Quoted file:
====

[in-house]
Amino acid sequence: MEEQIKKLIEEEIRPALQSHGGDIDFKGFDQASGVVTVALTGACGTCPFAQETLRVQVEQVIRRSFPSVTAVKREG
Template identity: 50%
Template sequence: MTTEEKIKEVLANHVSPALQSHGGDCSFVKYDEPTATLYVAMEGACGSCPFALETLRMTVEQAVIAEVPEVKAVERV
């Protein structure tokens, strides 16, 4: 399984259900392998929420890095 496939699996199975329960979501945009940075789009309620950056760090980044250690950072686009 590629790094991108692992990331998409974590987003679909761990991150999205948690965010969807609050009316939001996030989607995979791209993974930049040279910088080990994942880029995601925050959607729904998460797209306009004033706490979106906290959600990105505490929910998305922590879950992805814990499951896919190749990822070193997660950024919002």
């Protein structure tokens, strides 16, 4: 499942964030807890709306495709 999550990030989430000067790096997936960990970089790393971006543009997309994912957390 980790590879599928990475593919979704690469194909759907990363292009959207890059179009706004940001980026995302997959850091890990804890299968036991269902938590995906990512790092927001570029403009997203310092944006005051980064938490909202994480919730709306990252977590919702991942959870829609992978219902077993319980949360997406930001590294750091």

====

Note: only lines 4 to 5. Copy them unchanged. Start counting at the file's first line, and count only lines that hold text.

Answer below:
Template sequence: MTTEEKIKEVLANHVSPALQSHGGDCSFVKYDEPTATLYVAMEGACGSCPFALETLRMTVEQAVIAEVPEVKAVERV
């Protein structure tokens, strides 16, 4: 399984259900392998929420890095 496939699996199975329960979501945009940075789009309620950056760090980044250690950072686009 590629790094991108692992990331998409974590987003679909761990991150999205948690965010969807609050009316939001996030989607995979791209993974930049040279910088080990994942880029995601925050959607729904998460797209306009004033706490979106906290959600990105505490929910998305922590879950992805814990499951896919190749990822070193997660950024919002």